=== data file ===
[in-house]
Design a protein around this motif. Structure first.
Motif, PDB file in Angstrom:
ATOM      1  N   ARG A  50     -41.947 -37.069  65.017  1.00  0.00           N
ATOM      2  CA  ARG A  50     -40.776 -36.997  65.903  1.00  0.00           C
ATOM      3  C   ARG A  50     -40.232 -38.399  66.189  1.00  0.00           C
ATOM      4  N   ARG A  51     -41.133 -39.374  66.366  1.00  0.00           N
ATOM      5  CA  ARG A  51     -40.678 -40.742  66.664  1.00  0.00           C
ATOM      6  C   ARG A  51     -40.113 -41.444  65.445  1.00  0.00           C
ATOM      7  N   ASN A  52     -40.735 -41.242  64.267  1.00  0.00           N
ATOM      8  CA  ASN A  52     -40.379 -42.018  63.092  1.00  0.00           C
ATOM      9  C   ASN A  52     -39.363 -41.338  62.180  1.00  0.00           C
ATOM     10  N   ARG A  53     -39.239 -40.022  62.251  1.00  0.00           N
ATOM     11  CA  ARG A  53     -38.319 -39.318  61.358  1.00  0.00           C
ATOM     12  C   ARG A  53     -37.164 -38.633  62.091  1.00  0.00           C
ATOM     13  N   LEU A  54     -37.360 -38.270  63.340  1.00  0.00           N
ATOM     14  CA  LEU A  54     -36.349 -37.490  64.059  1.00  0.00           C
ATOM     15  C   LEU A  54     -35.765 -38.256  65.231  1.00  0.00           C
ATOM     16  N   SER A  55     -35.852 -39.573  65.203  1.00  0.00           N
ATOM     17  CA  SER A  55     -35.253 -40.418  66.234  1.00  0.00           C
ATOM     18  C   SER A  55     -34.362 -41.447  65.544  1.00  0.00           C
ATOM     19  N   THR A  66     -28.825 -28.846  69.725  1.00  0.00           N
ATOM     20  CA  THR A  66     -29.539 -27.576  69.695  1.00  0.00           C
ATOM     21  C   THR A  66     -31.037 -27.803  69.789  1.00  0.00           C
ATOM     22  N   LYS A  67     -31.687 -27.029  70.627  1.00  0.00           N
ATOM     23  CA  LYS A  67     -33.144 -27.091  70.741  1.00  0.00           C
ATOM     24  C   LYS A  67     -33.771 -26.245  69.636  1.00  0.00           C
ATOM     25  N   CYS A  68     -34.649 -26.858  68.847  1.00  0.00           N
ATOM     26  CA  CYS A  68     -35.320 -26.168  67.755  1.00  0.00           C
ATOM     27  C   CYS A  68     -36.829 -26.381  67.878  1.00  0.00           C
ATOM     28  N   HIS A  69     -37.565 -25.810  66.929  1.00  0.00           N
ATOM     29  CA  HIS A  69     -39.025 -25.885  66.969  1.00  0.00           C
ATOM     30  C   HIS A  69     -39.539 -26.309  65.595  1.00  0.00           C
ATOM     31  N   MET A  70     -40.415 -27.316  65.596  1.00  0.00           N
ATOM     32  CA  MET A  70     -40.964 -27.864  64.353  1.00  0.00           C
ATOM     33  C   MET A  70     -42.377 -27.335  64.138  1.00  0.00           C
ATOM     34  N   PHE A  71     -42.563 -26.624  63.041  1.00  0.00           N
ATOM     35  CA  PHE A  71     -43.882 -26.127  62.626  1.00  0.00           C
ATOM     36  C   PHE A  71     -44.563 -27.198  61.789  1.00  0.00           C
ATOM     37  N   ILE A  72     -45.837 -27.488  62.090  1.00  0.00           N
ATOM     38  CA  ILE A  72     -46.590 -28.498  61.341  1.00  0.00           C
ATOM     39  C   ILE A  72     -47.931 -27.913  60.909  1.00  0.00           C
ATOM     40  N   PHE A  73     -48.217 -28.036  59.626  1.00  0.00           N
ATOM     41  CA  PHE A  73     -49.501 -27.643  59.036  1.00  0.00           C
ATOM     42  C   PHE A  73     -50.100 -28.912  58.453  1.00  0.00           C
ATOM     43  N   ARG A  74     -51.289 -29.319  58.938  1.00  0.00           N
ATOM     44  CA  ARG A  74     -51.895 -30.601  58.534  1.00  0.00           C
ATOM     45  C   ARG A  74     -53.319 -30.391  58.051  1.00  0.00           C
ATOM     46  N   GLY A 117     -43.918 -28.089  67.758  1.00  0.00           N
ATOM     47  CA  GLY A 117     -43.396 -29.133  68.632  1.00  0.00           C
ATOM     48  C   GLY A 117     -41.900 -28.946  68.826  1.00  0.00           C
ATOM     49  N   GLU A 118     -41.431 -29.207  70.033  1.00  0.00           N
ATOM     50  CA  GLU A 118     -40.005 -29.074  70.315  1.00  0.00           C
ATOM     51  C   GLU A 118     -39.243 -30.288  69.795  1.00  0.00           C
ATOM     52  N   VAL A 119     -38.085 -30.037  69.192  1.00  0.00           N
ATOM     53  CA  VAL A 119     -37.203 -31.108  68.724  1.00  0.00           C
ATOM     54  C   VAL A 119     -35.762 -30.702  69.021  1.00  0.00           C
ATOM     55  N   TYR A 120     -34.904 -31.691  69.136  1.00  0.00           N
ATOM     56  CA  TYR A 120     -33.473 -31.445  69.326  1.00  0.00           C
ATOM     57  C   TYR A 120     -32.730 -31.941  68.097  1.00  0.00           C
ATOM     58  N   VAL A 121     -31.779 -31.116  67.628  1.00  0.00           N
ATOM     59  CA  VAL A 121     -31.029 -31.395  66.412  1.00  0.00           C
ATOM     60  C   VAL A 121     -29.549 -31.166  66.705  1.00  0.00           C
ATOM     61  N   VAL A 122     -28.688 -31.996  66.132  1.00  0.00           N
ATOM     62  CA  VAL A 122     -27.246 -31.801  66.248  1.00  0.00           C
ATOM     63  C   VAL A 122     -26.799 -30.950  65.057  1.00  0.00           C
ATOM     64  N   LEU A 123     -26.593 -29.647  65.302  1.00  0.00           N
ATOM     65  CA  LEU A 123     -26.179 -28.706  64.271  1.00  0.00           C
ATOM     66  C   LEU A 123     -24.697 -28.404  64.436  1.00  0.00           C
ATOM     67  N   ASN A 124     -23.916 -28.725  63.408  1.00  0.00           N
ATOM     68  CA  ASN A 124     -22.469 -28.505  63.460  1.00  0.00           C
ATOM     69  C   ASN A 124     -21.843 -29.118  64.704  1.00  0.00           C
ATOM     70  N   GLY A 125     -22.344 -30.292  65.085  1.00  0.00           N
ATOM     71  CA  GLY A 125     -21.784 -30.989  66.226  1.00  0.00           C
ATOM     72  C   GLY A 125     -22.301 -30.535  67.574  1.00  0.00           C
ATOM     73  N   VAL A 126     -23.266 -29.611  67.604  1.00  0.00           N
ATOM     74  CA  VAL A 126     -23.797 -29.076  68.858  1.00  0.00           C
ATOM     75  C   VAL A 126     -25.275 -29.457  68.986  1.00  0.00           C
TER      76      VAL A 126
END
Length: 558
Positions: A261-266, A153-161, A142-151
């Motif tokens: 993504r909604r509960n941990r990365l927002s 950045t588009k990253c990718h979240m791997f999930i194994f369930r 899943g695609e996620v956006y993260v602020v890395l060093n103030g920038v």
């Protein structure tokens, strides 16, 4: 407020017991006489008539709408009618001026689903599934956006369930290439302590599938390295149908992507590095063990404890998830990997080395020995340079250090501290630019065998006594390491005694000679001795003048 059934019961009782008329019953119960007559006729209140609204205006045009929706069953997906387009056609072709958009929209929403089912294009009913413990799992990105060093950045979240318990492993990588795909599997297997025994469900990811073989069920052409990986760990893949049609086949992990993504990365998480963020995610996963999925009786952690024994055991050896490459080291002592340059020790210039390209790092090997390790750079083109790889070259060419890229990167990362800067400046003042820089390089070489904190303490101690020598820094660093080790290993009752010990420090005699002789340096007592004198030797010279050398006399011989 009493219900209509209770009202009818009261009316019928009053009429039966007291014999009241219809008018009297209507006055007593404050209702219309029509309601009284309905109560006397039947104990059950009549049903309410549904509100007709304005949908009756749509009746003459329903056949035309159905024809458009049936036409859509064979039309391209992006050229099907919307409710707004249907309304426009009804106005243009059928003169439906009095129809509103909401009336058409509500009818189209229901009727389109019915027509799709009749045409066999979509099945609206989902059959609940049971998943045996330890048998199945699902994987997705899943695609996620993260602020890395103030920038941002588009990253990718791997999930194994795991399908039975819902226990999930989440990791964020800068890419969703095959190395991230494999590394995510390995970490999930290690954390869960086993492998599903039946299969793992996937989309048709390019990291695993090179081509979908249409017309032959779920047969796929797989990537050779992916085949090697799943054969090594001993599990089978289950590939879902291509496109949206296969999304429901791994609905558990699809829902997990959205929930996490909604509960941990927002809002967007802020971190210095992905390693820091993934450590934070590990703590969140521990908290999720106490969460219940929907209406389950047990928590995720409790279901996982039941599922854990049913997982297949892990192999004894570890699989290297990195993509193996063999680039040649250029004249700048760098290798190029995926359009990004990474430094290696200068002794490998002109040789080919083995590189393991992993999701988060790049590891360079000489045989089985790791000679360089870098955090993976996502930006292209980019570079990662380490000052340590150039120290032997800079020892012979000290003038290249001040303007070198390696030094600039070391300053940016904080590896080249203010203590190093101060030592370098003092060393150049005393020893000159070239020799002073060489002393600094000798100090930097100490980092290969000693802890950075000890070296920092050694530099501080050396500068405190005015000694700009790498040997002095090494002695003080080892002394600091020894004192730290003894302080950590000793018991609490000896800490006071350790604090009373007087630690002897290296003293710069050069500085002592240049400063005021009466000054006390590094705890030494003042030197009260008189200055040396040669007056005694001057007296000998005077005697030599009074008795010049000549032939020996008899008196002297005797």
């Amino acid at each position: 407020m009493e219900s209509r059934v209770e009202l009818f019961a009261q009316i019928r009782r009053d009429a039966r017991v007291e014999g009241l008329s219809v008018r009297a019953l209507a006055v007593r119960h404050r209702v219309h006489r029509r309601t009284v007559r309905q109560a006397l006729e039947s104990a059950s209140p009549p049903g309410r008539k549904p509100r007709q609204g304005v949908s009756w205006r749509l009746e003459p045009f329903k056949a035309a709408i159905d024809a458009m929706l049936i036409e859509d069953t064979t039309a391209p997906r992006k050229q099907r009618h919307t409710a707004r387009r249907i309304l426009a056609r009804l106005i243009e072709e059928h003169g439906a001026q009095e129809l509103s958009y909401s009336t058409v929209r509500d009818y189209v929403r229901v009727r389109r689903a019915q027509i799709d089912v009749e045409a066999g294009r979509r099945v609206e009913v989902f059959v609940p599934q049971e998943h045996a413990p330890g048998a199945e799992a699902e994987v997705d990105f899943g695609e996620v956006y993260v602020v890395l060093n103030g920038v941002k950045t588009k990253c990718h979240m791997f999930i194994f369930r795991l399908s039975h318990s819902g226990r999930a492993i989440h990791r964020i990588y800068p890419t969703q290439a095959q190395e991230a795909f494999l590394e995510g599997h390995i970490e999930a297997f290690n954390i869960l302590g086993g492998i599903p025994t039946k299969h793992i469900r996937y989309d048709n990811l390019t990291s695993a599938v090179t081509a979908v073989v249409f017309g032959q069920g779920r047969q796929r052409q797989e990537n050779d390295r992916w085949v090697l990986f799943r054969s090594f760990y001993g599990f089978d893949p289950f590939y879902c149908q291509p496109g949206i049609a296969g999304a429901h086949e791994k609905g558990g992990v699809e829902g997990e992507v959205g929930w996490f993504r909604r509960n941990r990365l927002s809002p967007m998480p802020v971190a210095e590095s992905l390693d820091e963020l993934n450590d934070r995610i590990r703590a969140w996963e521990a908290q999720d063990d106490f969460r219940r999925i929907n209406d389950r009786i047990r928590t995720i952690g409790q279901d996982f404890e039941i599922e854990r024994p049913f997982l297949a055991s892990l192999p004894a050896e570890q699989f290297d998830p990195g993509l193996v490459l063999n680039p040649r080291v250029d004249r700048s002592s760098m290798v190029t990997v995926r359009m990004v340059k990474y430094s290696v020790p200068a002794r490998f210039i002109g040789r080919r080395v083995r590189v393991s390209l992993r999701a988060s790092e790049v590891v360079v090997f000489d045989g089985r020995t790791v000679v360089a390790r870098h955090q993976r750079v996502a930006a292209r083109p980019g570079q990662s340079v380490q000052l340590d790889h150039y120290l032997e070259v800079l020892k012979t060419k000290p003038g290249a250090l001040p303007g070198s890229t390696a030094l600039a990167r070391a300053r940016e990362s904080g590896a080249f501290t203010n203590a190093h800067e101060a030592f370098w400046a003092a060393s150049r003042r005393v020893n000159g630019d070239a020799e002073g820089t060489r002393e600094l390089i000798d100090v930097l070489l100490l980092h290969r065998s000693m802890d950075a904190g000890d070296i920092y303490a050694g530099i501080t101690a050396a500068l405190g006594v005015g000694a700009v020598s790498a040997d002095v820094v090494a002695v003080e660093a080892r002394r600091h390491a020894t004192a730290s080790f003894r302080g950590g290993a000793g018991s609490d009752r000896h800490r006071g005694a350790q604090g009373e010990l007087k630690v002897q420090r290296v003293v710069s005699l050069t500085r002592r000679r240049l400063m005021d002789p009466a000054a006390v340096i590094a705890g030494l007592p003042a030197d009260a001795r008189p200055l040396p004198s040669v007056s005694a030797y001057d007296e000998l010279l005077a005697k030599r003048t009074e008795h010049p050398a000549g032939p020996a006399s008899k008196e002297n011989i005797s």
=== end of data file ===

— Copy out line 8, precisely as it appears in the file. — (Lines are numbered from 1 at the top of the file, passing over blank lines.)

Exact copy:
ATOM      5  CA  ARG A  51     -40.678 -40.742  66.664  1.00  0.00           C